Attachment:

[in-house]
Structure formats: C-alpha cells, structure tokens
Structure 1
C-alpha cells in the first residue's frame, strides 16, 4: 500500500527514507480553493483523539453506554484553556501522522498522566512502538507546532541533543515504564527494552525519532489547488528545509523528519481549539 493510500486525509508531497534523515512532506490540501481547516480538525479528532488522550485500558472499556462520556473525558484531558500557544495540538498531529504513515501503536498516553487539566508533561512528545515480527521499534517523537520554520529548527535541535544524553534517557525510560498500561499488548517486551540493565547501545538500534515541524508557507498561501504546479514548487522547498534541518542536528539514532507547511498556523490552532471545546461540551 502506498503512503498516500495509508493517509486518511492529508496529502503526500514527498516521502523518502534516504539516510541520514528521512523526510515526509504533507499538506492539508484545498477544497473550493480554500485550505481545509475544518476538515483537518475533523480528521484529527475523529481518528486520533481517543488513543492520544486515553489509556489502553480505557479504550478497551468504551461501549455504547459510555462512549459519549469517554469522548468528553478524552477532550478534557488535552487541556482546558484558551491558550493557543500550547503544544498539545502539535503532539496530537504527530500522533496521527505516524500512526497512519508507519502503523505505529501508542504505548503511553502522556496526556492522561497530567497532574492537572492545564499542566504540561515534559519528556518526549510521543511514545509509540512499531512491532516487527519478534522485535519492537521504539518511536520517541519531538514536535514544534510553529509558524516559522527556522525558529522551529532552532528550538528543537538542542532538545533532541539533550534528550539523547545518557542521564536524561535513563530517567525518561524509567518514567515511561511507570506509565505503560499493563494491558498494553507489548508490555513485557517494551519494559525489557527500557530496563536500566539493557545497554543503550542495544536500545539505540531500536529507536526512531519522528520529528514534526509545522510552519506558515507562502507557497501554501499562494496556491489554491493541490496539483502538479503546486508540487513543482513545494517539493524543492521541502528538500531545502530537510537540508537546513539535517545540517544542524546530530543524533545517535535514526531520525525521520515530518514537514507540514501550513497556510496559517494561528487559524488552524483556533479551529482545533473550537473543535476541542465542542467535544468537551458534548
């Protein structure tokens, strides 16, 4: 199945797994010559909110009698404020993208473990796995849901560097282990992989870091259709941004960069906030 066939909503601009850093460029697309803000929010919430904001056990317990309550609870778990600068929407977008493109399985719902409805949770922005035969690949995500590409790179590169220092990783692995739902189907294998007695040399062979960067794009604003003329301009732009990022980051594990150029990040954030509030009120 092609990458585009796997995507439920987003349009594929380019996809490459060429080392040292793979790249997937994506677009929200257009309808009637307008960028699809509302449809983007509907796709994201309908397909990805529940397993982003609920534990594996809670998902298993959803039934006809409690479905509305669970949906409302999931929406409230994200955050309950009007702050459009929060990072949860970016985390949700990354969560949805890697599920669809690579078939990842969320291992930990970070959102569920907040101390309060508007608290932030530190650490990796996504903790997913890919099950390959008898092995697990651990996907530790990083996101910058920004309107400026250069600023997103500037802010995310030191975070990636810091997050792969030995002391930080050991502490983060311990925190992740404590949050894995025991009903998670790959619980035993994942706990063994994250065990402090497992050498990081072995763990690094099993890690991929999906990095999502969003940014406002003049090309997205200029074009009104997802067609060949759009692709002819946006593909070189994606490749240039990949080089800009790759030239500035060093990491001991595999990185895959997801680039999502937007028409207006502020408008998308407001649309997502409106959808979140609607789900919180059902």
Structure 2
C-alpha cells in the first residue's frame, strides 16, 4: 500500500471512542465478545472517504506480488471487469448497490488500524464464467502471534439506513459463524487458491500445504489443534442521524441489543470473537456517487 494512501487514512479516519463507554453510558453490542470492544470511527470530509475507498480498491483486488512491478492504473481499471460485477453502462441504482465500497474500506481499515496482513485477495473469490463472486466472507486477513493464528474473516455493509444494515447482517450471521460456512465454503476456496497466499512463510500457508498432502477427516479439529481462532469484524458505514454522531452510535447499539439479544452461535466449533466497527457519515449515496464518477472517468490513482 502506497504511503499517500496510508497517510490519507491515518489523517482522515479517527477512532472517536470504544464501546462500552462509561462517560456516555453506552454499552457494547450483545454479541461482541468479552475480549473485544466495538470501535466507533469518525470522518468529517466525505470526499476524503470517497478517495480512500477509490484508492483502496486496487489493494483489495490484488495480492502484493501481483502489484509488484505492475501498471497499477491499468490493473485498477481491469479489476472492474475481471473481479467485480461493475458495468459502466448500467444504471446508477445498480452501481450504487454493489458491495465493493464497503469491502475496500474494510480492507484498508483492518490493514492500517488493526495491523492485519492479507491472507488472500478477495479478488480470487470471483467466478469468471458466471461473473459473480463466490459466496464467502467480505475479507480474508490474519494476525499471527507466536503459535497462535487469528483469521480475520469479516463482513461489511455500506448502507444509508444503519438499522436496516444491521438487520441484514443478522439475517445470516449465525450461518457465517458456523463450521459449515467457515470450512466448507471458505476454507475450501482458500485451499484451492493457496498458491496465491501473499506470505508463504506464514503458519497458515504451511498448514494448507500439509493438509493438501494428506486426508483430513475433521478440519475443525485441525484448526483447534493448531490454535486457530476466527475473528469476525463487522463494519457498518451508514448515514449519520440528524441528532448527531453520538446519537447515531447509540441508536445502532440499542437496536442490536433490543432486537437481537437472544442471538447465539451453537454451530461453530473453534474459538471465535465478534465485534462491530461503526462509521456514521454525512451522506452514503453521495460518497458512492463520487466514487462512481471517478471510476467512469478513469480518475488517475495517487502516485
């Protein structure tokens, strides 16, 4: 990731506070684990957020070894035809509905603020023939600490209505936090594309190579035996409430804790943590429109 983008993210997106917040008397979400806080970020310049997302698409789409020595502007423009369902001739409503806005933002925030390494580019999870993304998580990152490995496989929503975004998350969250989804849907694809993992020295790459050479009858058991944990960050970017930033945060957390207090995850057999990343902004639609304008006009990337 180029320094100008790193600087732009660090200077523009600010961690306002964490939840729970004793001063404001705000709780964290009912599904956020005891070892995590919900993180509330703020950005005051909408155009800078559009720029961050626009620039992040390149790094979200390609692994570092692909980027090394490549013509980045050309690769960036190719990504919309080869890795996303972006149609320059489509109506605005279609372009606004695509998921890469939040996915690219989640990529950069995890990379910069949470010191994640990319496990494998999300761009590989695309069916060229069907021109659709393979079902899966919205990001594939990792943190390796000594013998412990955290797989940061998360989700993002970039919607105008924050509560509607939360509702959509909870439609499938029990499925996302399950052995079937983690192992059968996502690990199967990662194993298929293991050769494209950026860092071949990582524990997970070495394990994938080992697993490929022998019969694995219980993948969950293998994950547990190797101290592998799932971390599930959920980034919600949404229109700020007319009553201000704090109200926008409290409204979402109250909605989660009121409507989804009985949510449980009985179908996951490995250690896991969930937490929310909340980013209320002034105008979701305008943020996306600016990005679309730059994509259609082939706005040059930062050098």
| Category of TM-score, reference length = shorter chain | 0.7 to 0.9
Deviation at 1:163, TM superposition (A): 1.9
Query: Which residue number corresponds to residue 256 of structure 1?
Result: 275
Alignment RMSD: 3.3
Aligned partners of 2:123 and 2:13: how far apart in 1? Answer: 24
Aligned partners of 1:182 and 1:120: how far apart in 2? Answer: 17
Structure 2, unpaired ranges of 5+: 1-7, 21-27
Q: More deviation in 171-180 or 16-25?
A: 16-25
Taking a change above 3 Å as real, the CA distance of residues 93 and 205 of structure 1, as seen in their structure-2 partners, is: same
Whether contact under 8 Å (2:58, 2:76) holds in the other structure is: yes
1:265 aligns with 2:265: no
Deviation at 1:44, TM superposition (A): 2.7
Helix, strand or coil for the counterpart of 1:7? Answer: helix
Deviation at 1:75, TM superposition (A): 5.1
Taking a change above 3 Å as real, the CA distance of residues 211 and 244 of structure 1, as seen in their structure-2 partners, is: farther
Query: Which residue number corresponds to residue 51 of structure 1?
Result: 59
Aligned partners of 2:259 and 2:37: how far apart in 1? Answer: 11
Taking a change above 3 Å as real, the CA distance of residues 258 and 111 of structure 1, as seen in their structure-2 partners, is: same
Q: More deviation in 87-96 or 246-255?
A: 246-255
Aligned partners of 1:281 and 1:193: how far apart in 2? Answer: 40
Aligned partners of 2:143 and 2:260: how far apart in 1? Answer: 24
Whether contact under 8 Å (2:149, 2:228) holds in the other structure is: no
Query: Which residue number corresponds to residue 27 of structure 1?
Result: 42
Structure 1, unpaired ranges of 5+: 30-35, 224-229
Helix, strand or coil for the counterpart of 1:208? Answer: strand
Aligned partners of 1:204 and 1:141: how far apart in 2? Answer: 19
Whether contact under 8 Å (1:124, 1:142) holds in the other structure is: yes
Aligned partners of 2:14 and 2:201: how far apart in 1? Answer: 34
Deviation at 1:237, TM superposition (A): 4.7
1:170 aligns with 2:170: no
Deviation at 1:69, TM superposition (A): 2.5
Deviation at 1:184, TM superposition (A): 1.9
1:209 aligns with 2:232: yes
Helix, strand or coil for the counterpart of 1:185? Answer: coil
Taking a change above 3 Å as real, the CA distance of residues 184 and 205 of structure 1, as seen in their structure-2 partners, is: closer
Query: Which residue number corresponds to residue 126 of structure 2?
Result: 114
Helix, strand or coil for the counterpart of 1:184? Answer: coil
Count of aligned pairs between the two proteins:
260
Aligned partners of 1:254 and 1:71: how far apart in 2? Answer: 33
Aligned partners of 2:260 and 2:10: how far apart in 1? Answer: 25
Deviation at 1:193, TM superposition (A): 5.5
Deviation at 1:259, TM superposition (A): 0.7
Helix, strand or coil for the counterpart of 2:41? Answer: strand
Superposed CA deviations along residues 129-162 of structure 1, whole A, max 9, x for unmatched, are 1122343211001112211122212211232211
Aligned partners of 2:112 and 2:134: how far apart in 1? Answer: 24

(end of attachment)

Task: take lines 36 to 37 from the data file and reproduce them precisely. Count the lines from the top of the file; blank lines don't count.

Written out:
Result: 42
Structure 1, unpaired ranges of 5+: 30-35, 224-229